723 Legal Research & Writing I - §006, Fall 2014

Categories: Legal Writing

Instructor(s) Tinglum, Trina

Legal Research & Writing I (Law 723)

The Legal Research & Writing I course focuses on predictive legal writing and introduces students to legal research sources and strategy. Students learn how to structure legal documents, how to explain and support a legal analysis, and how to edit their writing for clarity and conciseness. They review the workings of the American legal system, binding and persuasive sources of law, the use and weight of authority, and the principles of stare decisis as these concepts affect legal problem solving. Students also learn cost-effective legal research strategies, including the appropriate use of both electronic and paper-based sources of legal information. At the end of the semester, students are introduced to persuasive writing skills. Throughout the course, students simulate many of the tasks that lawyers perform, and they learn how to meet the professional expectations of clients, judges, employers, and colleagues in various contexts.

STUDENT LEARNING OUTCOMES

At the end of the Legal Research & Writing I course, students will understand how to:

1. Read legal sources critically and accurately to identify relevant information;

2. Analyze and synthesize cases and statutes to formulate controlling rules;

3. Apply legal rules to a client’s facts to predict legal consequences;

4. Find relevant legal sources using a variety of research strategies, considering the weight and hierarchy of authorities within the American legal system;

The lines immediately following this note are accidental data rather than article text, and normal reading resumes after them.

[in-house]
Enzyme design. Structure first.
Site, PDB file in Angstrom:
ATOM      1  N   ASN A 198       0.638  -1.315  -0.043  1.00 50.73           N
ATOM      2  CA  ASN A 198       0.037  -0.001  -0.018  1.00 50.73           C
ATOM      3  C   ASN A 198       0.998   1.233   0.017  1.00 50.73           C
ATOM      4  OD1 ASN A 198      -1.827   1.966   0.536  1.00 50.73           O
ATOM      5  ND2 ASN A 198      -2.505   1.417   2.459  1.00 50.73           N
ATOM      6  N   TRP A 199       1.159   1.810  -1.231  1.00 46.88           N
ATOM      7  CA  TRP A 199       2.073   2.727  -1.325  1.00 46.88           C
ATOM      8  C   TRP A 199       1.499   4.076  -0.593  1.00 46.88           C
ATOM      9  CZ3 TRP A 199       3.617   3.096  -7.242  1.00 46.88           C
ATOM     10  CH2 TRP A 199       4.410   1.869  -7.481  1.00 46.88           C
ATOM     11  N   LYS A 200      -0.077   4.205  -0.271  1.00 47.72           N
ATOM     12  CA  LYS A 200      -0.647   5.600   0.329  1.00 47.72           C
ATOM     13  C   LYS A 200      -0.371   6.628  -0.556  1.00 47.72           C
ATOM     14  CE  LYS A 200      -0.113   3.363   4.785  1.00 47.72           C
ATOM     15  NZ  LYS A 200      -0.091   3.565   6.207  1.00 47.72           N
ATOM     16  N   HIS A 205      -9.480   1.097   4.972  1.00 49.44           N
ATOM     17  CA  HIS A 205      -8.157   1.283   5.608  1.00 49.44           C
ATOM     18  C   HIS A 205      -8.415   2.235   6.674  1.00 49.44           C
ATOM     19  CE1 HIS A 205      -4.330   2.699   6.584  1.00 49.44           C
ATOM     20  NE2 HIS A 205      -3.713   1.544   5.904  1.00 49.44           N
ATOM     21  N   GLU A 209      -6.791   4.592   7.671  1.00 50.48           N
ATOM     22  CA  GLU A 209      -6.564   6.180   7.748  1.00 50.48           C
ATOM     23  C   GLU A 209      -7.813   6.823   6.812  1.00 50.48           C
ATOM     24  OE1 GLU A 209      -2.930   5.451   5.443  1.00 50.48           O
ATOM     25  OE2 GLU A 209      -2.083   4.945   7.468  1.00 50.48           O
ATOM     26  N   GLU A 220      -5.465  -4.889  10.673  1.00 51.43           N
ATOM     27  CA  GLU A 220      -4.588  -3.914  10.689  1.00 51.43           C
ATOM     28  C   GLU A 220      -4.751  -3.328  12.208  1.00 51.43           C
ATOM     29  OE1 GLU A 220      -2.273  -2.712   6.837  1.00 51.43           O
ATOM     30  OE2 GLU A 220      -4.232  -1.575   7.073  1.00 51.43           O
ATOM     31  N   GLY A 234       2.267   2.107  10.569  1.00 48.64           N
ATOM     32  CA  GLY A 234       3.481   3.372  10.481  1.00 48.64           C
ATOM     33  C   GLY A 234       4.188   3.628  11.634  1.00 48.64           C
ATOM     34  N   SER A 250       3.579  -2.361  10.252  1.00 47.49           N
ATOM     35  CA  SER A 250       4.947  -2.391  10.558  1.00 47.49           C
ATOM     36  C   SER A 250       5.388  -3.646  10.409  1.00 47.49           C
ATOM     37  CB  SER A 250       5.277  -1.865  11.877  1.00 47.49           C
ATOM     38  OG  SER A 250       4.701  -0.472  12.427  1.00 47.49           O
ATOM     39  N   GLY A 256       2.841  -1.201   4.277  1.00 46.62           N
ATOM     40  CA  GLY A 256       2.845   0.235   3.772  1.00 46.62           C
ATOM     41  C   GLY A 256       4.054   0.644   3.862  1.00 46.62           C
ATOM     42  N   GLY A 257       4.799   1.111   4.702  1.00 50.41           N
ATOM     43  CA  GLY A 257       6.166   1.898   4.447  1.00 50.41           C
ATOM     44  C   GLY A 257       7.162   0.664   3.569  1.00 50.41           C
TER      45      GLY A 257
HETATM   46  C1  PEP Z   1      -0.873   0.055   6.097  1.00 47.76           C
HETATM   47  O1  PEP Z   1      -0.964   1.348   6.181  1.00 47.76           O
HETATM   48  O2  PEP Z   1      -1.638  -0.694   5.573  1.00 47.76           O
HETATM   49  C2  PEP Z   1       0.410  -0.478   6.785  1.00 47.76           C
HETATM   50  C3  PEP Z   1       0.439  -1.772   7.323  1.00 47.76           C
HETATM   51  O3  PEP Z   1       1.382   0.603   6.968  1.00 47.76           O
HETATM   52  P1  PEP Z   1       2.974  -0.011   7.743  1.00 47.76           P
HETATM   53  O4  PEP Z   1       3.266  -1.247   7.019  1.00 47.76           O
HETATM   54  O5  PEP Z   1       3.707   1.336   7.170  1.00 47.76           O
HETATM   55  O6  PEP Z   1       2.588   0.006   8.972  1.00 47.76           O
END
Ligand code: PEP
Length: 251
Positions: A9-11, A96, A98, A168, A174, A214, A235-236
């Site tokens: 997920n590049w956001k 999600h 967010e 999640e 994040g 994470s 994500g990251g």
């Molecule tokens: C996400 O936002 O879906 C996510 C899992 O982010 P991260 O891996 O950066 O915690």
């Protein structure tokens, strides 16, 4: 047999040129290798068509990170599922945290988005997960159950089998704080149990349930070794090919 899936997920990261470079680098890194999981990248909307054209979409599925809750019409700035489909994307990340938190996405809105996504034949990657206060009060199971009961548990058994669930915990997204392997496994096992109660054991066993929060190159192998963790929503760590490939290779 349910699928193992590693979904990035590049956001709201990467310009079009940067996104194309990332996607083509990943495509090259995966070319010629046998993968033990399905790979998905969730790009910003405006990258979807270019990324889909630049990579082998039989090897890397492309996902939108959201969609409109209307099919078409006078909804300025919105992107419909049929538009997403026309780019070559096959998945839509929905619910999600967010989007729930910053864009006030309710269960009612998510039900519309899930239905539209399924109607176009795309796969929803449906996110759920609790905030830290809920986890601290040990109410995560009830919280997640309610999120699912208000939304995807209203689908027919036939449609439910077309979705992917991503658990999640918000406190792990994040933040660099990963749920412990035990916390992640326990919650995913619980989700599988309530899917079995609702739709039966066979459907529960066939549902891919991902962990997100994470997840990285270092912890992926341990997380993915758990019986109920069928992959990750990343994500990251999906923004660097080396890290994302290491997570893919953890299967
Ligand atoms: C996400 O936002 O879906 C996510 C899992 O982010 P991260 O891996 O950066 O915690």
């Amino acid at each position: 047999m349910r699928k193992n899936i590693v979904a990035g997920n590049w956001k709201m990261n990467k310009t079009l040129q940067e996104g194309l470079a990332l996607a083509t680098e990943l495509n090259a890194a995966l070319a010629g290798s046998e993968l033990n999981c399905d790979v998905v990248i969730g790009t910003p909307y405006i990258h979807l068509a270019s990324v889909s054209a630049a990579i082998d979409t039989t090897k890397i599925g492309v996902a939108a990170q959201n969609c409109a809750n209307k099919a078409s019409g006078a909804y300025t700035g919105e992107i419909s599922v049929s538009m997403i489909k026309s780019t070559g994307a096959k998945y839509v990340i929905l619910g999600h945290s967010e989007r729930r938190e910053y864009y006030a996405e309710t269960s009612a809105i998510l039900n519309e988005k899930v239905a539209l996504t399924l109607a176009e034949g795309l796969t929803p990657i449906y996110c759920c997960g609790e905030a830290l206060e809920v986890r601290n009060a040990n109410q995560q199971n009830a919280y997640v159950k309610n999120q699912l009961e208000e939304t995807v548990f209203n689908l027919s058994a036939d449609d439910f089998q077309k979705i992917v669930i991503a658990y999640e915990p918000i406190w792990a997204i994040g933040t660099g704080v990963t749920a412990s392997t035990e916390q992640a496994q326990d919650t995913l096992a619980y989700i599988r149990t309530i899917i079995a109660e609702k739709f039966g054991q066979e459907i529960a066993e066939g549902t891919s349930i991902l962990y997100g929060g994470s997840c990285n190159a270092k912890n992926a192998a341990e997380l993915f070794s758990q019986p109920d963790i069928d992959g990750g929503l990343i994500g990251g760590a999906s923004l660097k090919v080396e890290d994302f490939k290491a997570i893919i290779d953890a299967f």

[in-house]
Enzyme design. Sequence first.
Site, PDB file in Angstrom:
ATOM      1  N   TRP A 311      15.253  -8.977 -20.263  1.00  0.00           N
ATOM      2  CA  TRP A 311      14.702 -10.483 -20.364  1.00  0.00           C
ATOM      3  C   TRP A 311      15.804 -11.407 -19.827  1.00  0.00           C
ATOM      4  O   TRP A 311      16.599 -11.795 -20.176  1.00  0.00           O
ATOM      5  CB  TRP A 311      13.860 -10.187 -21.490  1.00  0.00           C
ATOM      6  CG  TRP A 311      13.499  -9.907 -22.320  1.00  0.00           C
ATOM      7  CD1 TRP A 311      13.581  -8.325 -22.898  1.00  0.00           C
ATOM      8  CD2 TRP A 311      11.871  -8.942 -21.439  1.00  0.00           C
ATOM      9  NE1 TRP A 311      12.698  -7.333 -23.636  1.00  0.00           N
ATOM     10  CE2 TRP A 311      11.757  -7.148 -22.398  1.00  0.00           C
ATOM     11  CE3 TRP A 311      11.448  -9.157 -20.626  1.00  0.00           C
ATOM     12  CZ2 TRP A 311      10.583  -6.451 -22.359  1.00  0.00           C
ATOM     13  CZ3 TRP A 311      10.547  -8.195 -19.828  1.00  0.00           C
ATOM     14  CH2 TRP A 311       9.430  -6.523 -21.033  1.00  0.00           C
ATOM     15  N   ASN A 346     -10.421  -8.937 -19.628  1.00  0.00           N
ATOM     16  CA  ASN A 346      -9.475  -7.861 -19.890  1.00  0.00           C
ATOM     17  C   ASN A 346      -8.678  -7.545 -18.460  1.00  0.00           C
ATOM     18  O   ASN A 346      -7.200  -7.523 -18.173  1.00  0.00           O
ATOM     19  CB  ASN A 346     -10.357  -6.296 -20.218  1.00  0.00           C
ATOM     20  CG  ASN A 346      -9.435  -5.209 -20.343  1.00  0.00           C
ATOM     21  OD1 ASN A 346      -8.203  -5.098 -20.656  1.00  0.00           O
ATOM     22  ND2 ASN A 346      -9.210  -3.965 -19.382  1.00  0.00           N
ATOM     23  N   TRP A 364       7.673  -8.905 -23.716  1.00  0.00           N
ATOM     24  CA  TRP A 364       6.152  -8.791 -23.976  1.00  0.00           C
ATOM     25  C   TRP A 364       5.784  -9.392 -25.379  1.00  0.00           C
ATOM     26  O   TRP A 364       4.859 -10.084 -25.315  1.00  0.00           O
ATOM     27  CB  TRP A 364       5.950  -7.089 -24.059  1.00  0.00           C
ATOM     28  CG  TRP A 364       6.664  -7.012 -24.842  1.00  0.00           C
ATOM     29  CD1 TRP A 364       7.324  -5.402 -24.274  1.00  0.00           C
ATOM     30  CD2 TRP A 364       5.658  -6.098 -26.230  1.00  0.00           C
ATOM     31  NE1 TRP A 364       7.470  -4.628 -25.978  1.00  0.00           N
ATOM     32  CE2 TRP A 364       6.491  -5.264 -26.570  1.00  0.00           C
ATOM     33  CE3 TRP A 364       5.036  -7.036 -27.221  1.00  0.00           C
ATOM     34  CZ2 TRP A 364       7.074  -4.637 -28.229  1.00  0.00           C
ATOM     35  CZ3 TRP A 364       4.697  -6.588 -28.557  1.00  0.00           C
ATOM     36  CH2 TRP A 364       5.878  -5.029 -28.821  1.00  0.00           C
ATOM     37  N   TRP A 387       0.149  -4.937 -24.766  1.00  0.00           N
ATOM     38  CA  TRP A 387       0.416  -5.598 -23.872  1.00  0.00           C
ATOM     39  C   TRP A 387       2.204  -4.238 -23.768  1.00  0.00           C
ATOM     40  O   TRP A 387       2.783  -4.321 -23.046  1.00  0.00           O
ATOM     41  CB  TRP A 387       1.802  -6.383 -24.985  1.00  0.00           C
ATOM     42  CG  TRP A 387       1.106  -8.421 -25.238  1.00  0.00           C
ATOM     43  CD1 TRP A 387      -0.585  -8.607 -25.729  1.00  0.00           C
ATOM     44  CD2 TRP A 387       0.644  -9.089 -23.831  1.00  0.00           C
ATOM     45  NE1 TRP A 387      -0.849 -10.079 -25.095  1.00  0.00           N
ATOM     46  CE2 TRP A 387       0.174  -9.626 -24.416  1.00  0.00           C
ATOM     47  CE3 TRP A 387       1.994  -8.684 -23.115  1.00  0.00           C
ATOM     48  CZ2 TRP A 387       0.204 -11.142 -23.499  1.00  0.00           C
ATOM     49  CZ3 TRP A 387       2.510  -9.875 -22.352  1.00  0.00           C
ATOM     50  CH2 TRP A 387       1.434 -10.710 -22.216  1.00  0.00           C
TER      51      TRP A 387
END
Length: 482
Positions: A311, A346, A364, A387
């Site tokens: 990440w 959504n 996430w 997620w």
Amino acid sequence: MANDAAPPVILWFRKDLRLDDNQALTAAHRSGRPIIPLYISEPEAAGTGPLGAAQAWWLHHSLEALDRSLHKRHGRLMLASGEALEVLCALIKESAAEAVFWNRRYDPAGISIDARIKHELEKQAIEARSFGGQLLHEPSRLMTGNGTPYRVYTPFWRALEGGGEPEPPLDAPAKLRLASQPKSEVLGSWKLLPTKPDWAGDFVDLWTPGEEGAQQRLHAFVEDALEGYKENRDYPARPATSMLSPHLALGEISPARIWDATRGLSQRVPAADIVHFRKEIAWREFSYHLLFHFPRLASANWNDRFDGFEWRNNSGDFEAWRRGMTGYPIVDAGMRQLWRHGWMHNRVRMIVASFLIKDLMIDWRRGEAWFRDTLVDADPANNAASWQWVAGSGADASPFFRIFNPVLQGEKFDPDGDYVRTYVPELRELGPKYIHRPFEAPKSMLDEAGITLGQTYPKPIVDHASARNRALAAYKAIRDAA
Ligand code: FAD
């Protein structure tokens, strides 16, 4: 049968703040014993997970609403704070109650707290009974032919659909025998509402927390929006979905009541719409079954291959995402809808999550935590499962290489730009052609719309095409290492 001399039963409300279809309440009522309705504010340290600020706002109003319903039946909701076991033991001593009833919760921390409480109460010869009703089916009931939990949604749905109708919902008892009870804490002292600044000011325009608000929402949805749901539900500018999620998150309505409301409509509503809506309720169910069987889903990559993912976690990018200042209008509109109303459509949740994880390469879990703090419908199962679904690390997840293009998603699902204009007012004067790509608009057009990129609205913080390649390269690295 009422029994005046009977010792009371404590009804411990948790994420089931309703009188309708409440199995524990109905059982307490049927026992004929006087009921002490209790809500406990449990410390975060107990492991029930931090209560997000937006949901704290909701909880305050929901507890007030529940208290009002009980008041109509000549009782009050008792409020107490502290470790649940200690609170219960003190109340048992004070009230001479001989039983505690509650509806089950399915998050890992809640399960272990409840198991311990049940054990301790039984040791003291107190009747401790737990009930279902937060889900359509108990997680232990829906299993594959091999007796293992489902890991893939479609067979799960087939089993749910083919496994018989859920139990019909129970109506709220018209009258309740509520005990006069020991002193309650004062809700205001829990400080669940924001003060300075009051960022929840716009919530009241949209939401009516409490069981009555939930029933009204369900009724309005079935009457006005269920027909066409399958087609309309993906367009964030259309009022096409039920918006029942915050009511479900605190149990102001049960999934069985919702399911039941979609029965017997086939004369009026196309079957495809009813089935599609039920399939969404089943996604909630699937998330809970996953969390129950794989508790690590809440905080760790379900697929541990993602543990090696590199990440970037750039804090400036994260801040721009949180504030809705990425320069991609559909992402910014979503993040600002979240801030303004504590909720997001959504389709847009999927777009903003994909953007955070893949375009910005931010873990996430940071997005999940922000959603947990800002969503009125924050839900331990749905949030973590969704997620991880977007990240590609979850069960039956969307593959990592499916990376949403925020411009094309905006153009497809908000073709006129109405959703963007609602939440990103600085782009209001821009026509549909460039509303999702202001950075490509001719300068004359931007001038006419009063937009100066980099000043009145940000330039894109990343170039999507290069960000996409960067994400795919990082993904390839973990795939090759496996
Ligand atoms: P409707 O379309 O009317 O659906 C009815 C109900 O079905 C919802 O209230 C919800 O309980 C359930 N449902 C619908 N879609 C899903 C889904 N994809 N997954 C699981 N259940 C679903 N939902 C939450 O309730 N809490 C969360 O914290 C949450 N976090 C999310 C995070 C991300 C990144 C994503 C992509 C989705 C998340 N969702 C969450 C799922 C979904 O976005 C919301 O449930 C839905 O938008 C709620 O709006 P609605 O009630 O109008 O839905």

5. Write clearly and concisely in different professional contexts; and

6. Write objective memoranda of law using appropriate format, organization, and citation.



Legal Research & Writing II (Law 723)

The Legal Research & Writing II course focuses on persuasive legal writing and oral presentation skills. Students learn the ethics and strategies of effective written and oral advocacy on behalf of a client and prepare a number of typical documents they may encounter in law practice, e.g., client and opinion letters, pleadings, motions, or appellate briefs. Students are also introduced to basic drafting skills. Students explore advanced legal research sources and refine their research skills by completing projects in a variety of different subject areas and procedural contexts. The emphasis is on learning by doing, and students receive ongoing feedback from their legal research and writing professor to help them improve.

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